This feature allows to capture the IoT device messages and their related events also you can route the messages to any other service such as data store etc.

Security
 
This section allows to secure the IoT devices using the IoT defender feature and create the security-related alerts

Monitoring

This section allows to monitor the logs related to the IoT hub, you can set any filter or rule for monitoring and create the alerts

Summary

I hope this article is useful for creating the Azure IoT hub service using the portal. In this series of Azure IoT, next, we will learn about creating Azure IoT hub using PowerShell.

Articles you may interested 

Getting Started with Azure IoT Hub


In my last article, we learned about the Azure device provisioning service, which allows us to manage IoT devices. If you have not read my previous article about Azure device provisioning service yet, then please read it using the following link:Now we have a platform to manage the IoT devices, but what about connecting the devices to some platform and getting the data from those connected devices? We must connect the device to some gateway platform to establish a secure connection between the cloud and the device to exchange the data. So, in this article we will learn about the Azure IoT hub and the role of IoT Hub in managing the IoT devices communication and telemetry data.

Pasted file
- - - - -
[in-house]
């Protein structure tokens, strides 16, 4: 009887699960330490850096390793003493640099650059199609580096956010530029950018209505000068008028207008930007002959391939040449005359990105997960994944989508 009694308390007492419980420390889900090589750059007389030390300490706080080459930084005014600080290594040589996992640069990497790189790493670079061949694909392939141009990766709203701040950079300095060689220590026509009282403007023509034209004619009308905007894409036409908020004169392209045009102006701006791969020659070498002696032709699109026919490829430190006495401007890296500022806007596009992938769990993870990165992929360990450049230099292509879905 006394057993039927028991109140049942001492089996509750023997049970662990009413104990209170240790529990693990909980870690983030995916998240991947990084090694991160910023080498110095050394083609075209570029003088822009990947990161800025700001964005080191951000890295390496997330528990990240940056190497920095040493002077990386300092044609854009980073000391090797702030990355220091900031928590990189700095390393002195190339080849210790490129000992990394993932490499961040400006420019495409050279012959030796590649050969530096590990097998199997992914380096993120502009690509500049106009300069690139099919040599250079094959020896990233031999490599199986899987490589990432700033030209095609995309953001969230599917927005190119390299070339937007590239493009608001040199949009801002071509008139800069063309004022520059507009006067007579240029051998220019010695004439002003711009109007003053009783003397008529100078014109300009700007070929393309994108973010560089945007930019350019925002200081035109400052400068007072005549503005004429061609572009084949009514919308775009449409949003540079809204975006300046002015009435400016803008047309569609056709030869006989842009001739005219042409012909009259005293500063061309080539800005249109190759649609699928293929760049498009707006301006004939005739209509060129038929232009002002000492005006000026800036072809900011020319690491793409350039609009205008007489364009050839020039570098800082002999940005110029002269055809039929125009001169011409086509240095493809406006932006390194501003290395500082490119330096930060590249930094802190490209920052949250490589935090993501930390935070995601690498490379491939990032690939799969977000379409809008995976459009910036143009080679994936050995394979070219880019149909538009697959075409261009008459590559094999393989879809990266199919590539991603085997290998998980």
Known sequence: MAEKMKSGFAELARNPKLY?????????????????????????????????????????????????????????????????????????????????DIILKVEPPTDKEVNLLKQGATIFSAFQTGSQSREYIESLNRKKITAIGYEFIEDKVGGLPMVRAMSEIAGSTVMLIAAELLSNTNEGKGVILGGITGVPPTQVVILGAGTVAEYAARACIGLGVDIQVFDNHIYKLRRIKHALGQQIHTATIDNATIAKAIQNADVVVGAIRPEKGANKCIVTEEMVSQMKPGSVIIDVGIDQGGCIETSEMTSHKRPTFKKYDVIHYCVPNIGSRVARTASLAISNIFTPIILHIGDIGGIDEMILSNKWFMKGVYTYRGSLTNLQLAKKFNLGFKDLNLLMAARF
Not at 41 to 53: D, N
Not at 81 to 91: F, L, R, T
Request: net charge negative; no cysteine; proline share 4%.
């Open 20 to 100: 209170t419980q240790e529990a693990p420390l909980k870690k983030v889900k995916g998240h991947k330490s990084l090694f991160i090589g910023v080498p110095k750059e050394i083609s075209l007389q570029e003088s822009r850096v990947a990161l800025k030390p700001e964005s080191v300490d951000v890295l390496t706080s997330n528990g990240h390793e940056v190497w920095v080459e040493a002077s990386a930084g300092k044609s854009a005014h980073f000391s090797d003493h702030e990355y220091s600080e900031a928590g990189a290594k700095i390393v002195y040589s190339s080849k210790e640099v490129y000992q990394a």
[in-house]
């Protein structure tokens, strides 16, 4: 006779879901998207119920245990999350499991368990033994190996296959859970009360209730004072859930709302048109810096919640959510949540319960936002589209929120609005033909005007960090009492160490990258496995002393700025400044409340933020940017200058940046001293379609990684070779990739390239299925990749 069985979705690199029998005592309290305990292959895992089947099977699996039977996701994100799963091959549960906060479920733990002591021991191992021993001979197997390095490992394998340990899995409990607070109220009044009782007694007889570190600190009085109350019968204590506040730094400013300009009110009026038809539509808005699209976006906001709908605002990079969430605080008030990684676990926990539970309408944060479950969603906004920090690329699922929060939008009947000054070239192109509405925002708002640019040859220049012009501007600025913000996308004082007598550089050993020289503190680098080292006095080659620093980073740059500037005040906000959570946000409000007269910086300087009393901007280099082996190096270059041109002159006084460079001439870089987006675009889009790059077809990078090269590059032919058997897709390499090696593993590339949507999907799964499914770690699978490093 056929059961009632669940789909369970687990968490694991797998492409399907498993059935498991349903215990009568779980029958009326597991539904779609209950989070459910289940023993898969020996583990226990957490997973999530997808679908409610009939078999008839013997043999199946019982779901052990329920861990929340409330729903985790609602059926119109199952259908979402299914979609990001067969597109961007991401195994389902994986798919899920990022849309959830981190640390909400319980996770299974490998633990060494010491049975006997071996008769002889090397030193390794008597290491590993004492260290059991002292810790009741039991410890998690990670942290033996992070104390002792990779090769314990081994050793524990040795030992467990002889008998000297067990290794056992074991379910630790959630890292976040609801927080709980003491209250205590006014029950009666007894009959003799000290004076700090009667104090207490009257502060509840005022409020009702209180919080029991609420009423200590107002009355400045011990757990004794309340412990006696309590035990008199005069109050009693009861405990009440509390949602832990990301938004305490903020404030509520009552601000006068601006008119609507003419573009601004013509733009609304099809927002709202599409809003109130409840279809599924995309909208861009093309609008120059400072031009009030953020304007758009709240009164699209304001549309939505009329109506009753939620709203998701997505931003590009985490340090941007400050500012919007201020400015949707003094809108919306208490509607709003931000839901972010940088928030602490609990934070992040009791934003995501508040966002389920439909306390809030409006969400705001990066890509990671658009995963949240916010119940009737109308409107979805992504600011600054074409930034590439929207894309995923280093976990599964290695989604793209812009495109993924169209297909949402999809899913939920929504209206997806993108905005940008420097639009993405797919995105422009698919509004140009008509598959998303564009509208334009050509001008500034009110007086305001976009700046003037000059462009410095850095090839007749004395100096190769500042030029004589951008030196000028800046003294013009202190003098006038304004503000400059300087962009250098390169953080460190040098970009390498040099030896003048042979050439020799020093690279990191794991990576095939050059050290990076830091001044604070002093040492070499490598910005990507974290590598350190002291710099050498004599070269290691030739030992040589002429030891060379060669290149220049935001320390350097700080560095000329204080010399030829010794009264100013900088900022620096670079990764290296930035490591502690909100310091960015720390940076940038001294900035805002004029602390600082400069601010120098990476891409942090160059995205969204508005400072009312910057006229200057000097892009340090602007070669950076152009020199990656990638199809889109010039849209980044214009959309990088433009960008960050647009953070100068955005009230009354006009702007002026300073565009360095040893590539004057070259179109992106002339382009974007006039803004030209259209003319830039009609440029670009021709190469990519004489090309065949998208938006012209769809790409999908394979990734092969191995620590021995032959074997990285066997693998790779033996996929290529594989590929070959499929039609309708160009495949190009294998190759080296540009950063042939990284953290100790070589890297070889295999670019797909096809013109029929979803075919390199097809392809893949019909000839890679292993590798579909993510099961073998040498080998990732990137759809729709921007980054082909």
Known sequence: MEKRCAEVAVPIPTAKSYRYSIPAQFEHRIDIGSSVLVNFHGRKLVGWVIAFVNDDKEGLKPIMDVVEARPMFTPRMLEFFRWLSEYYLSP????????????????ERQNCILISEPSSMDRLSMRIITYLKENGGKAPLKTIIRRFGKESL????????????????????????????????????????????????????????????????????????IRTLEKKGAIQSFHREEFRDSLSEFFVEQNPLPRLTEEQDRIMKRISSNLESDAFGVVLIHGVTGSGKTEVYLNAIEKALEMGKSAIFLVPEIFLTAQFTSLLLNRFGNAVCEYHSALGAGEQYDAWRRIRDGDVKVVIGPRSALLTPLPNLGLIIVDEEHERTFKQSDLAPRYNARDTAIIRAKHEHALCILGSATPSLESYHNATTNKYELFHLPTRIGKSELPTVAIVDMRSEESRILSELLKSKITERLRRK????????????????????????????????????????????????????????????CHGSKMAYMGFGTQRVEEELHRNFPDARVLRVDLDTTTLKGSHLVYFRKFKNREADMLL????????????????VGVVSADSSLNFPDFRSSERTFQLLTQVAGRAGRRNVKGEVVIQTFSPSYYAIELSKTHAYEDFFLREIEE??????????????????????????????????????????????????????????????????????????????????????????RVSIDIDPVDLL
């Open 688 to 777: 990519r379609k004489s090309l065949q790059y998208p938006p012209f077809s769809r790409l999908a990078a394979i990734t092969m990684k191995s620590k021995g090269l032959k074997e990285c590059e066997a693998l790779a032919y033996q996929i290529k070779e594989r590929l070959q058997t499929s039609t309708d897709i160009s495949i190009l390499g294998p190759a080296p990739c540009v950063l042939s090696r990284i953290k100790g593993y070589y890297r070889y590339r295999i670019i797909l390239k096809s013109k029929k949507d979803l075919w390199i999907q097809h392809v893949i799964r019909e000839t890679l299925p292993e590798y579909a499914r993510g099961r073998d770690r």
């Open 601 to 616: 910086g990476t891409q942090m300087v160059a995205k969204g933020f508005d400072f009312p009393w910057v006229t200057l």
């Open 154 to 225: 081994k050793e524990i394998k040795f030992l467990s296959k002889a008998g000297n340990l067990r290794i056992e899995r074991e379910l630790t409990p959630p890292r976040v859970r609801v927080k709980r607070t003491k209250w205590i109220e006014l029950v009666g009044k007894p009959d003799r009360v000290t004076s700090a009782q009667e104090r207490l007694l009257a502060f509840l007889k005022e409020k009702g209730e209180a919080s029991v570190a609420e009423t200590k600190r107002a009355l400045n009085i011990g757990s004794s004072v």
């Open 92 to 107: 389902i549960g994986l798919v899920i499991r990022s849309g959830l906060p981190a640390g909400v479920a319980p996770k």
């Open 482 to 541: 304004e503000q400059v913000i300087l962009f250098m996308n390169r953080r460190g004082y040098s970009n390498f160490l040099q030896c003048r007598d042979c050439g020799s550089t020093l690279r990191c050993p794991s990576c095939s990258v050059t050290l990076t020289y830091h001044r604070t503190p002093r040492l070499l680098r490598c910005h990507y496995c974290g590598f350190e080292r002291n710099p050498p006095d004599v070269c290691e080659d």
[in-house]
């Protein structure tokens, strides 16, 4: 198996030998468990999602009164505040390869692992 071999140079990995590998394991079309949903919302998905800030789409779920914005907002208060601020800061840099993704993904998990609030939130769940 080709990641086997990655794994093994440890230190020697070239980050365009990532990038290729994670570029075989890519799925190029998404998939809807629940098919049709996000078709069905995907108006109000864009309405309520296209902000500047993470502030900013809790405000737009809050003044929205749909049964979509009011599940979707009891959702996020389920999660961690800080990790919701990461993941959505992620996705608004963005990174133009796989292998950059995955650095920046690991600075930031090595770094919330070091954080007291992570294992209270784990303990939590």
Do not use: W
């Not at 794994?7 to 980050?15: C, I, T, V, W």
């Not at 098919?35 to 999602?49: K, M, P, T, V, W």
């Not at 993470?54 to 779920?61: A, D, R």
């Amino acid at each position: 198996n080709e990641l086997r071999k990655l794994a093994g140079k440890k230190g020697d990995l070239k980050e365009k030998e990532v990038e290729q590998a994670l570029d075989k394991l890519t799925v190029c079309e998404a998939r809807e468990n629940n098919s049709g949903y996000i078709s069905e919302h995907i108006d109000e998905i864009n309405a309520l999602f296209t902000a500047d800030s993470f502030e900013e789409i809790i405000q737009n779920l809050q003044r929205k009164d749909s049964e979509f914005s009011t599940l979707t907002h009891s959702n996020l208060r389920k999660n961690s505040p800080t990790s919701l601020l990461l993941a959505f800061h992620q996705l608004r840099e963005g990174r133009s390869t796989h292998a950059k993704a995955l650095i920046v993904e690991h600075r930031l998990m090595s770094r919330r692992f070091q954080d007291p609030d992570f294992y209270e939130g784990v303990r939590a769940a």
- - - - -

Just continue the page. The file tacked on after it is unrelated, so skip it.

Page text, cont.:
What is IoT?

IoT Stands for Internet of Things, which is a network of internet-connected hardware devices that give some insightful information about things such as a car, bike, truck, factory, etc.

What is the use of IoT?

You might have heard the word digital and smart multiple times such as digital services or smart cities etc. A real-world example is Indian prime minister Narendra Modi who always talks about digital India and smart cities.

So, what does digital mean? Simply the access of the services to an individual over the internet in the form of web applications, mobile applications, etc. which helps to minimize the presence of humans at particular facilities in order to get work done from the location where the person resides with the help of mobile apps or web applications.